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Canadian Journal of Infectious Diseases
Volume 6, Issue 6, Pages 306-315

Sequential Antibiotic Therapy: Effective Cost Management and Patient Care

Lionel A Mandell,1,5 Michel G Bergeron,1,2,7 Marie J Gribble,3,4,7 Peter J Jewesson,4 Donald E Low,1,2,5,6,7 Thomas J Marrie,1,2,6,7 and Lindsay E Nicolle1,5,7

1Division of Infectious Diseases, McMaster University, Hamilton, Ontario, Canada
2Department of Microbiology, Université Laval and Labratoire et service d’infectiologie, Centre Hospitalier de l’Université Laval, Québec, Canada
3University of British Columbia and Division of Infectious Diseases, University Hospital, Vancouver, British Columbia, Canada
4Faculty of Pharmaceutical Sciences, University of British Columbia and Department of Pharmacy, Department of Medicine, Division of Infectious Diseases, Vancouver Hospital and Health Sciences Centre, Vancouver, British Columbia, Canada
5Departments of Microbiology and Medicine, University of Toronto and Department of Microbiology, Mount Sinai Hospital and Princess Margaret Hospital, Toronto, Ontario, Canada
6Dalhousie University and Department of Medicine, Victoria General Hospital, Halifax, Nova Scotia, Canada
7Internal Medicine and Medical Microbiology, University of Manitoba and Infection Control Unit, Health Sciences Centre, Winnipeg, Manitoba, Canada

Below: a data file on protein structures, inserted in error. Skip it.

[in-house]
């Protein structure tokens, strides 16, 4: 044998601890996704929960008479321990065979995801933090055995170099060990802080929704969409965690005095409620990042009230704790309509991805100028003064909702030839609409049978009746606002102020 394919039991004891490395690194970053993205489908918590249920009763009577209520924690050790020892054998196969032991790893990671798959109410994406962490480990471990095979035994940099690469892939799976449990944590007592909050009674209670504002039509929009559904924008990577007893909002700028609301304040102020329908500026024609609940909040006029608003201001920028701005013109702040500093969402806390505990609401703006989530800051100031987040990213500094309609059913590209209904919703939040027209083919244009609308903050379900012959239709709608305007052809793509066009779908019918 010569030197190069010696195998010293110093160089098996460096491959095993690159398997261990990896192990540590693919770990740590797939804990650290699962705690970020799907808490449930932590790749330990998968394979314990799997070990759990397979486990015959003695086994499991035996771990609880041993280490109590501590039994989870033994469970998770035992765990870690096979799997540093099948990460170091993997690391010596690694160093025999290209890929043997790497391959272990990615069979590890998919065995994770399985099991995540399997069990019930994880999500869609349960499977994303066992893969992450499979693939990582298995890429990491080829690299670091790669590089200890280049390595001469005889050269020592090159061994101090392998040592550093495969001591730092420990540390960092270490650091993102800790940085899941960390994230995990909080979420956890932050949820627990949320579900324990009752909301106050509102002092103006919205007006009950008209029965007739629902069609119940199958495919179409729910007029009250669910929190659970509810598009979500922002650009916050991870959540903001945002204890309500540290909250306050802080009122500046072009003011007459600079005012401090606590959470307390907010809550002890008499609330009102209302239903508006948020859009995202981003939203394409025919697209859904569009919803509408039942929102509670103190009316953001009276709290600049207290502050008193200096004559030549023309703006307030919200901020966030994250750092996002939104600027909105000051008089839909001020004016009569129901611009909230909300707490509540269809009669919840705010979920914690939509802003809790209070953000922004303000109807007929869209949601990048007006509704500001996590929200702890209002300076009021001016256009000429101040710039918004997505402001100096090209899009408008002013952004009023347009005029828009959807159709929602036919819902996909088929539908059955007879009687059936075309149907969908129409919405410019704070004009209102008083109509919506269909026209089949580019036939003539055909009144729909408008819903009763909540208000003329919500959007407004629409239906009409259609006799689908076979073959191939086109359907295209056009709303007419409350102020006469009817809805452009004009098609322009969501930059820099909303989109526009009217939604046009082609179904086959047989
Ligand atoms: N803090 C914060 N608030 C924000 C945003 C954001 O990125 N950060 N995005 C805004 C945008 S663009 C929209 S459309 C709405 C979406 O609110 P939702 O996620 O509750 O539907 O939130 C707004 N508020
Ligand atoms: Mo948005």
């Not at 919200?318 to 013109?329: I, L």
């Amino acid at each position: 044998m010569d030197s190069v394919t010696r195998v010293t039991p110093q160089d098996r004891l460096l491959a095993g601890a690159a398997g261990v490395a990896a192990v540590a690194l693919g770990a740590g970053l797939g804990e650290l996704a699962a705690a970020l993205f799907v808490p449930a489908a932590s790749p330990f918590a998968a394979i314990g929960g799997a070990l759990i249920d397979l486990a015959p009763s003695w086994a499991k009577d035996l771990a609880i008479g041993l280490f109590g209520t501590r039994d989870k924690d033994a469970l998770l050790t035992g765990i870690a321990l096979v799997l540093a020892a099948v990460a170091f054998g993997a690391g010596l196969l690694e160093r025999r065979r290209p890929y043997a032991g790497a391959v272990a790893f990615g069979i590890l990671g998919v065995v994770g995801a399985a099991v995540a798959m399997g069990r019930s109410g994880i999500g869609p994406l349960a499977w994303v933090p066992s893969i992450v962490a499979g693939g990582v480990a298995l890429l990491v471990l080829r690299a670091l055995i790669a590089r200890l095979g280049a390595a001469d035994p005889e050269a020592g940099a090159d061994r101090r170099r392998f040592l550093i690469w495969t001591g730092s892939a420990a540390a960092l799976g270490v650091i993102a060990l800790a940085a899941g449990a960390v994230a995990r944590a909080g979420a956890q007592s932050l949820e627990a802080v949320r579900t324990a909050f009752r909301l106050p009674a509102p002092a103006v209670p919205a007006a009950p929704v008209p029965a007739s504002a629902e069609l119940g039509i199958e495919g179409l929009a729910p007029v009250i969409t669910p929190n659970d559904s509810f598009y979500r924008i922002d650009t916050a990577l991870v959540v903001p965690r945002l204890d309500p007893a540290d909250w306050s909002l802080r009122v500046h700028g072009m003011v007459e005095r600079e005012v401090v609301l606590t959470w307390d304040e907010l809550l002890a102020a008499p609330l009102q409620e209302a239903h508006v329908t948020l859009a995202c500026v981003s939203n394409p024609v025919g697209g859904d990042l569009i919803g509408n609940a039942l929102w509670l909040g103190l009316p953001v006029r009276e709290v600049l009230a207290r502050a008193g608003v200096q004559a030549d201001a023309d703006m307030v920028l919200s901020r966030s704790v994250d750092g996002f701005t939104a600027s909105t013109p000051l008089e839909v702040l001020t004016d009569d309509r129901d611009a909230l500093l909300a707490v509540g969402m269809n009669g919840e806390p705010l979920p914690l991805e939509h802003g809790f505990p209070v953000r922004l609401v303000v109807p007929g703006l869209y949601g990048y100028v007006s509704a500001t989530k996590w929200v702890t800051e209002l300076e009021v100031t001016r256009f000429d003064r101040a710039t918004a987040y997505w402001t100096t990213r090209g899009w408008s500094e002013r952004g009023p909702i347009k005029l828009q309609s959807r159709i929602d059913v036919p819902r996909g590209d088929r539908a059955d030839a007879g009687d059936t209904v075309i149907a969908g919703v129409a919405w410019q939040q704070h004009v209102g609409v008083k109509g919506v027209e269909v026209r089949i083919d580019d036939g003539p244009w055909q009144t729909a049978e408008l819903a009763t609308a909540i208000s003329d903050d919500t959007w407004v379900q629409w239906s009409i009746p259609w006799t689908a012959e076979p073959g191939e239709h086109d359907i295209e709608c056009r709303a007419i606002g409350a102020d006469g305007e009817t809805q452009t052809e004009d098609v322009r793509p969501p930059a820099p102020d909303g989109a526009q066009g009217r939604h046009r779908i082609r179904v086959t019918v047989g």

Received 17 May 1995; Accepted 11 August 1995

Copyright © 1995 Hindawi Publishing Corporation. This is an open access article distributed under the Creative Commons Attribution License, which permits unrestricted use, distribution, and reproduction in any medium, provided the original work is properly cited.


The escalating costs associated with antimicrobial chemotherapy have become of increasing concern to physicians, pharmacists and patients alike. A number of strategies have been developed to address this problem. This article focuses specifically on sequential antibiotic therapy (sat), which is the strategy of converting patients from intravenous to oral medication regardless of whether the same or a different class of drug is used. Advantages of sat include economic benefits, patient benefits and benefits to the health care provider. Potential disadvantages are cost to the consumer and the risk of therapeutic failure. A critical review of the published literature shows that evidence from randomized controlled trials supports the role of sat. However, it is also clear that further studies are necessary to determine the optimal time for intravenous to oral changeover and to identify the variables that may interfere with the use of oral drugs. Procedures necessary for the implementation of a sat program in the hospital setting are also discussed.